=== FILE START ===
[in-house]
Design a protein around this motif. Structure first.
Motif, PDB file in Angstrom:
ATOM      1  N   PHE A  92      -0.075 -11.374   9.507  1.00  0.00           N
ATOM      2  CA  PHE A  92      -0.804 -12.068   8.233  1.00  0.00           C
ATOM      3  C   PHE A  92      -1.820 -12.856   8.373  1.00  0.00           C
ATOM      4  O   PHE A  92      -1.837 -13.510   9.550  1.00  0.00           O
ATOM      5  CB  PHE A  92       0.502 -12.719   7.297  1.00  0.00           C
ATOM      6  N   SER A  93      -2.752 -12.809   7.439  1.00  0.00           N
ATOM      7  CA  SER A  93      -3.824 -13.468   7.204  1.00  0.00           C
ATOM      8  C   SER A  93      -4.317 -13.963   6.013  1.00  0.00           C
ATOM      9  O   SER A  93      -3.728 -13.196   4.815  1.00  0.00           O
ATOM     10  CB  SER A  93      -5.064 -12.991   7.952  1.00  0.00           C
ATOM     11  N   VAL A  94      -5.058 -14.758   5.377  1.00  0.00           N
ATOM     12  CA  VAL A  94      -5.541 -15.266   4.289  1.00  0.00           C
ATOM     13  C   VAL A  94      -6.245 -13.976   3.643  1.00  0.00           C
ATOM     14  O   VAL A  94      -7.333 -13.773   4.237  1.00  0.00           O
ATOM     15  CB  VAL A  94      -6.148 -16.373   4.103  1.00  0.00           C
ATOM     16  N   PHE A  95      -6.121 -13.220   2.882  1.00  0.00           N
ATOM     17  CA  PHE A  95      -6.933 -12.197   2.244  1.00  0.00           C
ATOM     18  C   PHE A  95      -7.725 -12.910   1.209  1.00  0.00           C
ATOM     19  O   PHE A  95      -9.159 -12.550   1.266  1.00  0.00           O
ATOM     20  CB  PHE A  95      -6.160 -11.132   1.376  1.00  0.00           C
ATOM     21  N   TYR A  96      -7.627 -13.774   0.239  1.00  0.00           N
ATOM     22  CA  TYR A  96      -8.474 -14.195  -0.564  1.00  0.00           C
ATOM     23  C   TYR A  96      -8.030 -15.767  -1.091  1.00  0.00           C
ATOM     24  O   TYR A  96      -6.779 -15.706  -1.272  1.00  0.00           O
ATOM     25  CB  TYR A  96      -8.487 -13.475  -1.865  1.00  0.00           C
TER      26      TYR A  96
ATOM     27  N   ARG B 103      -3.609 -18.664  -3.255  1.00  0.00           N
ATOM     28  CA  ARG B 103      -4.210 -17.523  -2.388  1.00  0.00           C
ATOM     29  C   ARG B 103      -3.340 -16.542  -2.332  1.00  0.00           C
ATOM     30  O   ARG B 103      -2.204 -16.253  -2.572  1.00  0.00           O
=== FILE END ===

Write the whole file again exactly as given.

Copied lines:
[in-house]
Design a protein around this motif. Structure first.
Motif, PDB file in Angstrom:
ATOM      1  N   PHE A  92      -0.075 -11.374   9.507  1.00  0.00           N
ATOM      2  CA  PHE A  92      -0.804 -12.068   8.233  1.00  0.00           C
ATOM      3  C   PHE A  92      -1.820 -12.856   8.373  1.00  0.00           C
ATOM      4  O   PHE A  92      -1.837 -13.510   9.550  1.00  0.00           O
ATOM      5  CB  PHE A  92       0.502 -12.719   7.297  1.00  0.00           C
ATOM      6  N   SER A  93      -2.752 -12.809   7.439  1.00  0.00           N
ATOM      7  CA  SER A  93      -3.824 -13.468   7.204  1.00  0.00           C
ATOM      8  C   SER A  93      -4.317 -13.963   6.013  1.00  0.00           C
ATOM      9  O   SER A  93      -3.728 -13.196   4.815  1.00  0.00           O
ATOM     10  CB  SER A  93      -5.064 -12.991   7.952  1.00  0.00           C
ATOM     11  N   VAL A  94      -5.058 -14.758   5.377  1.00  0.00           N
ATOM     12  CA  VAL A  94      -5.541 -15.266   4.289  1.00  0.00           C
ATOM     13  C   VAL A  94      -6.245 -13.976   3.643  1.00  0.00           C
ATOM     14  O   VAL A  94      -7.333 -13.773   4.237  1.00  0.00           O
ATOM     15  CB  VAL A  94      -6.148 -16.373   4.103  1.00  0.00           C
ATOM     16  N   PHE A  95      -6.121 -13.220   2.882  1.00  0.00           N
ATOM     17  CA  PHE A  95      -6.933 -12.197   2.244  1.00  0.00           C
ATOM     18  C   PHE A  95      -7.725 -12.910   1.209  1.00  0.00           C
ATOM     19  O   PHE A  95      -9.159 -12.550   1.266  1.00  0.00           O
ATOM     20  CB  PHE A  95      -6.160 -11.132   1.376  1.00  0.00           C
ATOM     21  N   TYR A  96      -7.627 -13.774   0.239  1.00  0.00           N
ATOM     22  CA  TYR A  96      -8.474 -14.195  -0.564  1.00  0.00           C
ATOM     23  C   TYR A  96      -8.030 -15.767  -1.091  1.00  0.00           C
ATOM     24  O   TYR A  96      -6.779 -15.706  -1.272  1.00  0.00           O
ATOM     25  CB  TYR A  96      -8.487 -13.475  -1.865  1.00  0.00           C
TER      26      TYR A  96
ATOM     27  N   ARG B 103      -3.609 -18.664  -3.255  1.00  0.00           N
ATOM     28  CA  ARG B 103      -4.210 -17.523  -2.388  1.00  0.00           C
ATOM     29  C   ARG B 103      -3.340 -16.542  -2.332  1.00  0.00           C
ATOM     30  O   ARG B 103      -2.204 -16.253  -2.572  1.00  0.00           O